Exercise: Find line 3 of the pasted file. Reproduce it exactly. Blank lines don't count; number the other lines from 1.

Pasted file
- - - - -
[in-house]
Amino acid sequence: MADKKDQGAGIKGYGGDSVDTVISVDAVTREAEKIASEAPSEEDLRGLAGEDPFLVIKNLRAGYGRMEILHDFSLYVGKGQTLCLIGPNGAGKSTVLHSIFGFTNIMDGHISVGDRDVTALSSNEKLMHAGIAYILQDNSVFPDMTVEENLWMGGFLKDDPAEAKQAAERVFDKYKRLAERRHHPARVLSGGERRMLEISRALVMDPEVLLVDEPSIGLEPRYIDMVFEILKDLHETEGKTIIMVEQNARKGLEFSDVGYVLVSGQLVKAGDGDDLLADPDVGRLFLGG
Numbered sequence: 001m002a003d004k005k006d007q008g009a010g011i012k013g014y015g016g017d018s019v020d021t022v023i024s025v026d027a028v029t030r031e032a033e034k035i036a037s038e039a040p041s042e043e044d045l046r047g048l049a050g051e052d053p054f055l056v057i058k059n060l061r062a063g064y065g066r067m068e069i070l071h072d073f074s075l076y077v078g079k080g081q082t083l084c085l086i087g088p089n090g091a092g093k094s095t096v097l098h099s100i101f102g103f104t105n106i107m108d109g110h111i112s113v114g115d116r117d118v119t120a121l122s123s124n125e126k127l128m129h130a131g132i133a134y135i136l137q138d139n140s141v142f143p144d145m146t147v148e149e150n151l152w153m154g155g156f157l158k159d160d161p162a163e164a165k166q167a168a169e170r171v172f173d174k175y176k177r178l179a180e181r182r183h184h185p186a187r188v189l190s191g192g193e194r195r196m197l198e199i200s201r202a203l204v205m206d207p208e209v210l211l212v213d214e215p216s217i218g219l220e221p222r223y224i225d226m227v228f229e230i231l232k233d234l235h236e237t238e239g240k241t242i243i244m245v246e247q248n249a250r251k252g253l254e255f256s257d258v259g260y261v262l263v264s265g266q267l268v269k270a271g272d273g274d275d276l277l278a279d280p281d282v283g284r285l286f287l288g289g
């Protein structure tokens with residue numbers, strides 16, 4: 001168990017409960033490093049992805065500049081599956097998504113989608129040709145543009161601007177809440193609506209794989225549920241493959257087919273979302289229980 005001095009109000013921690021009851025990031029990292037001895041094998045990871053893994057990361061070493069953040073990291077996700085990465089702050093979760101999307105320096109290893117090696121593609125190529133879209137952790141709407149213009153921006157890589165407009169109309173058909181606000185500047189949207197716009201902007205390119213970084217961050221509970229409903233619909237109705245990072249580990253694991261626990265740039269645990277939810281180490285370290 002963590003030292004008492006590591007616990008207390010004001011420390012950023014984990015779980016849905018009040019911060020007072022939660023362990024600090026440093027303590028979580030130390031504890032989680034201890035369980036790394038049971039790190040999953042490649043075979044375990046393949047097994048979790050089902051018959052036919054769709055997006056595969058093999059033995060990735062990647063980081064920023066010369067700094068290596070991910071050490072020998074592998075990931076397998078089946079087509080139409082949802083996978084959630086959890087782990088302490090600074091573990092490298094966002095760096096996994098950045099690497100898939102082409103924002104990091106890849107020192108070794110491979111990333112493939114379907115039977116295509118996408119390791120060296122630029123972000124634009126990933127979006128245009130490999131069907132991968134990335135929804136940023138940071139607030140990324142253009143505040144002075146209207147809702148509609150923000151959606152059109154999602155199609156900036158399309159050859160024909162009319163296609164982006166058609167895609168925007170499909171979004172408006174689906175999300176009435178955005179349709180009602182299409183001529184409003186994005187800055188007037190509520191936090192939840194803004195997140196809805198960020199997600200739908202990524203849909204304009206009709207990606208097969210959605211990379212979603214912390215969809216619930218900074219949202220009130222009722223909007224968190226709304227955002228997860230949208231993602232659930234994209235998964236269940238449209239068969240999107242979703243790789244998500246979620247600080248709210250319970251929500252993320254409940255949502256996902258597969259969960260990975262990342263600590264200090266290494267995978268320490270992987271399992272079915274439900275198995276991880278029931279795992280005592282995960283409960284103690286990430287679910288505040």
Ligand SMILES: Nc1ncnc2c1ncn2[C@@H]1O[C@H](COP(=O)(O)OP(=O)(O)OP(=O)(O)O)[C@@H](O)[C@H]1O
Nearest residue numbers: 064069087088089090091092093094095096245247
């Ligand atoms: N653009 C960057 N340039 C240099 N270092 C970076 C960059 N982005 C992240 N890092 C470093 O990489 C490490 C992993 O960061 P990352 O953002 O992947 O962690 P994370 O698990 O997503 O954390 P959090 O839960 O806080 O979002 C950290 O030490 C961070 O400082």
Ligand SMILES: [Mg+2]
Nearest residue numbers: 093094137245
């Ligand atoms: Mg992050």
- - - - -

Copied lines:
Numbered sequence: 001m002a003d004k005k006d007q008g009a010g011i012k013g014y015g016g017d018s019v020d021t022v023i024s025v026d027a028v029t030r031e032a033e034k035i036a037s038e039a040p041s042e043e044d045l046r047g048l049a050g051e052d053p054f055l056v057i058k059n060l061r062a063g064y065g066r067m068e069i070l071h072d073f074s075l076y077v078g079k080g081q082t083l084c085l086i087g088p089n090g091a092g093k094s095t096v097l098h099s100i101f102g103f104t105n106i107m108d109g110h111i112s113v114g115d116r117d118v119t120a121l122s123s124n125e126k127l128m129h130a131g132i133a134y135i136l137q138d139n140s141v142f143p144d145m146t147v148e149e150n151l152w153m154g155g156f157l158k159d160d161p162a163e164a165k166q167a168a169e170r171v172f173d174k175y176k177r178l179a180e181r182r183h184h185p186a187r188v189l190s191g192g193e194r195r196m197l198e199i200s201r202a203l204v205m206d207p208e209v210l211l212v213d214e215p216s217i218g219l220e221p222r223y224i225d226m227v228f229e230i231l232k233d234l235h236e237t238e239g240k241t242i243i244m245v246e247q248n249a250r251k252g253l254e255f256s257d258v259g260y261v262l263v264s265g266q267l268v269k270a271g272d273g274d275d276l277l278a279d280p281d282v283g284r285l286f287l288g289g